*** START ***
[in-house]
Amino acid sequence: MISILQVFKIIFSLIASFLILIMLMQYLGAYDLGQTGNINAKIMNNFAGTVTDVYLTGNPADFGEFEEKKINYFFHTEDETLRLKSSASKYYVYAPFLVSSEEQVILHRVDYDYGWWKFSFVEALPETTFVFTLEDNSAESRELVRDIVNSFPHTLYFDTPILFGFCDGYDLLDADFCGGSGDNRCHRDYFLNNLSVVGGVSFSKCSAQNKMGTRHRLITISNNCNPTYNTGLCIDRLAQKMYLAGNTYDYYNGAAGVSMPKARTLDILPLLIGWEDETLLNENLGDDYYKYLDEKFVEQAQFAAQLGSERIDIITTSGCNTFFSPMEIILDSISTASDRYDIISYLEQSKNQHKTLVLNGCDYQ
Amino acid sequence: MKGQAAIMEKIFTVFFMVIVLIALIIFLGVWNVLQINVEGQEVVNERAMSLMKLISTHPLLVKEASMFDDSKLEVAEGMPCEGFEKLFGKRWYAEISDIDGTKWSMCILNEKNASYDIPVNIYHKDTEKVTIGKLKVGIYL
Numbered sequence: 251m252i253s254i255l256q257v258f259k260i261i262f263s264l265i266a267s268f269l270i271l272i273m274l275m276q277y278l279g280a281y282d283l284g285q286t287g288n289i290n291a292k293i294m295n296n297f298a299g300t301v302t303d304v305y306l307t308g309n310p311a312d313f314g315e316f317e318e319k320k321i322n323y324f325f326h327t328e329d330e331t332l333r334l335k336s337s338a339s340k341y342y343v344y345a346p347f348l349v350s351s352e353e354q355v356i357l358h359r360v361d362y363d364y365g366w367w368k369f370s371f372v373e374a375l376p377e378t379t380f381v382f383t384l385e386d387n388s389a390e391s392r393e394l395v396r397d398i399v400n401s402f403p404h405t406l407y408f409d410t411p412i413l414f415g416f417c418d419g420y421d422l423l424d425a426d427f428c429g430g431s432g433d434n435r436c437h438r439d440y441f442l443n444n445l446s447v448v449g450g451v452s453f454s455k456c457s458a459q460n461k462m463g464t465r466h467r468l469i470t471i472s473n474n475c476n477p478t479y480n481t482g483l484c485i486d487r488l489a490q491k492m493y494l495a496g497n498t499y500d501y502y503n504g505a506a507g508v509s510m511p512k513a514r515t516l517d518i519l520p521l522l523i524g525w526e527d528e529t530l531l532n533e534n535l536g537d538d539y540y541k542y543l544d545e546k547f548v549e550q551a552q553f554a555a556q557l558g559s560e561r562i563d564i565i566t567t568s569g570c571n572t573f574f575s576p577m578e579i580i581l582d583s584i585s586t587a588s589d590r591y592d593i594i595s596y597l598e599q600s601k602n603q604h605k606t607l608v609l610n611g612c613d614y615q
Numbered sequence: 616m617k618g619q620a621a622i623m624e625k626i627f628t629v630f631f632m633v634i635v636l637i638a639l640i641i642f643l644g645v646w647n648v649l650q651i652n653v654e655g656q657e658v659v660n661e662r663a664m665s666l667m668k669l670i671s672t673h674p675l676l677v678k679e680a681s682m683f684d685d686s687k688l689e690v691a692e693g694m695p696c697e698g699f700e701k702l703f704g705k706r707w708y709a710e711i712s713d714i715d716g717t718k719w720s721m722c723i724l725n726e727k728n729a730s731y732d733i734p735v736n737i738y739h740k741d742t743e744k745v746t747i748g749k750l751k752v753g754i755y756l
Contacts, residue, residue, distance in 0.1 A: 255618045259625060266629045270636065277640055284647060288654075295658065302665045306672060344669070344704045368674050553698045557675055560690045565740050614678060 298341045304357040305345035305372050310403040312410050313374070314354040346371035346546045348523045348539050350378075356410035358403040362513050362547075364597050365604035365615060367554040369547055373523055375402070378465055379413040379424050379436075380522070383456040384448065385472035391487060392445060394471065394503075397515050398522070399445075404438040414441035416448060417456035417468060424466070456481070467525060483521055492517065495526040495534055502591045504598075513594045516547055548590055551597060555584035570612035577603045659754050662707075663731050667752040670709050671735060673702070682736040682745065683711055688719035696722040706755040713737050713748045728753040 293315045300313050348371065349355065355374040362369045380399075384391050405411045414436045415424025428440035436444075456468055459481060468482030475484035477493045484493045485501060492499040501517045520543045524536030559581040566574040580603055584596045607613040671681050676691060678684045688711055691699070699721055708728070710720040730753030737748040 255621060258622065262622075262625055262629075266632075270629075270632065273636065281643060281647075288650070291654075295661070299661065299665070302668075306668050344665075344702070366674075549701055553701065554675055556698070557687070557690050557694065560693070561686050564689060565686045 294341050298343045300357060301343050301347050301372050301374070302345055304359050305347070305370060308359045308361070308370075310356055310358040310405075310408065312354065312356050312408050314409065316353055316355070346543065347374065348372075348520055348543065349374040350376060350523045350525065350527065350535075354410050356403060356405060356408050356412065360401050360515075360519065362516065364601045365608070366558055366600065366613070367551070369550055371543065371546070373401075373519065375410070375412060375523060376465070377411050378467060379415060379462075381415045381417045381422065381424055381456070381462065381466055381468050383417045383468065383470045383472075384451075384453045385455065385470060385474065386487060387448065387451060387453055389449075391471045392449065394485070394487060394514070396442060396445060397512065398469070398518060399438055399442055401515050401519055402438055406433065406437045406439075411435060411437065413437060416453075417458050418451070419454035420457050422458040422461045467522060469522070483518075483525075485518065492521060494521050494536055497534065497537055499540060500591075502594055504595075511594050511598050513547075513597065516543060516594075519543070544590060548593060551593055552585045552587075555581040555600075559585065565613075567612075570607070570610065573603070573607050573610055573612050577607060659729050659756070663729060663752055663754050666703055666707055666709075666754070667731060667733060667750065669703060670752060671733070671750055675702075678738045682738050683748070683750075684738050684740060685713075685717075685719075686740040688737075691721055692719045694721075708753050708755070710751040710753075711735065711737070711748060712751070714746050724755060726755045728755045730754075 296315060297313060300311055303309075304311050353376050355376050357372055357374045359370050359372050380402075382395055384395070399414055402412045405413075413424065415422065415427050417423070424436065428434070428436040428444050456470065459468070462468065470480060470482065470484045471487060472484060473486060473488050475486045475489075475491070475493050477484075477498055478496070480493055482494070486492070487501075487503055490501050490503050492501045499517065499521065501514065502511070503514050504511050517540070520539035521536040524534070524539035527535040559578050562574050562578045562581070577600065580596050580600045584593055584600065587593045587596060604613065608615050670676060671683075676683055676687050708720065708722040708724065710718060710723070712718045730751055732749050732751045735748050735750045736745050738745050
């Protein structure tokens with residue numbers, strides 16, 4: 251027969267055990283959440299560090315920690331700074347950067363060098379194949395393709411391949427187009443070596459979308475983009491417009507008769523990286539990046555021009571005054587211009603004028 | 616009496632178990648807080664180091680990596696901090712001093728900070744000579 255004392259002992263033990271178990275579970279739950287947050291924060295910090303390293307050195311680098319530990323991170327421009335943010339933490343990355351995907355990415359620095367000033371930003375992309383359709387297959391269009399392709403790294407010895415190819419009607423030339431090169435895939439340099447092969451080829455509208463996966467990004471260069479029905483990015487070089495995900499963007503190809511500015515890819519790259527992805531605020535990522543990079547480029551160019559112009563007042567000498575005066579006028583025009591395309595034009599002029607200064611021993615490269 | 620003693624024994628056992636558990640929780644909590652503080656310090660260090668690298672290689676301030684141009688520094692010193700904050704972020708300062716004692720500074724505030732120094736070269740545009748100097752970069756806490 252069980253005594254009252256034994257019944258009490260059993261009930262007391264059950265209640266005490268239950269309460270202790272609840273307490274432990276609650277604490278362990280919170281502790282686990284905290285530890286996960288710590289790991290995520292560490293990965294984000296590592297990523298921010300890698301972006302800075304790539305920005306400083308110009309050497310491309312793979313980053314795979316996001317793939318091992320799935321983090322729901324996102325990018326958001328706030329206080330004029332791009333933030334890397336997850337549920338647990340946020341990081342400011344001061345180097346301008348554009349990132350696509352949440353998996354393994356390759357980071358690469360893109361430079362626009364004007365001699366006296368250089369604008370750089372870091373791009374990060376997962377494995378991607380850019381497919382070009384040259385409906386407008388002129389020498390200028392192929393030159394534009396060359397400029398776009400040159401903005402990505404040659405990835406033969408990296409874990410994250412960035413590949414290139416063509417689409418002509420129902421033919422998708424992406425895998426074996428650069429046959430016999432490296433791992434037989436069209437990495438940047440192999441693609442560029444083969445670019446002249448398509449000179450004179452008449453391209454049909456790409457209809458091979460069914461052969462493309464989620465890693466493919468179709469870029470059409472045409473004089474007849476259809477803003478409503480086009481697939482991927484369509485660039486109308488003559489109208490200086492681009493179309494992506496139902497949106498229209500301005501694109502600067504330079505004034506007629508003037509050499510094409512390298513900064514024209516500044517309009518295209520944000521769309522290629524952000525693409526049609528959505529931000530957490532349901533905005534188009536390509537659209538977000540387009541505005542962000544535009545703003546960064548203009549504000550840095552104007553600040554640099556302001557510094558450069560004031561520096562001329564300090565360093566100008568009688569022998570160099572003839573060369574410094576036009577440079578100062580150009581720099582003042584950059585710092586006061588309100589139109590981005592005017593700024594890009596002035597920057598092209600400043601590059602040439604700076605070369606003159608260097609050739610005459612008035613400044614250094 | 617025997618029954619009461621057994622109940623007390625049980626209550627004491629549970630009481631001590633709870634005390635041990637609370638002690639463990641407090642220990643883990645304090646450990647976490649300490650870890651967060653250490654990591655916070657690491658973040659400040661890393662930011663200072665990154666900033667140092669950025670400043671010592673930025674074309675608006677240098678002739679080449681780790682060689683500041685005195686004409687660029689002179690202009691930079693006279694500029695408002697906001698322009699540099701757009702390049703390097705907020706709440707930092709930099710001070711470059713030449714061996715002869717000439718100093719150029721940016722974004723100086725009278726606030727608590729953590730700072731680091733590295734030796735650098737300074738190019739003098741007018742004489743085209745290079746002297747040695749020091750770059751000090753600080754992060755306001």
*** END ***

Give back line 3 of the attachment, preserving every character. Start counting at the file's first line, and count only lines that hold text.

Amino acid sequence: MKGQAAIMEKIFTVFFMVIVLIALIIFLGVWNVLQINVEGQEVVNERAMSLMKLISTHPLLVKEASMFDDSKLEVAEGMPCEGFEKLFGKRWYAEISDIDGTKWSMCILNEKNASYDIPVNIYHKDTEKVTIGKLKVGIYL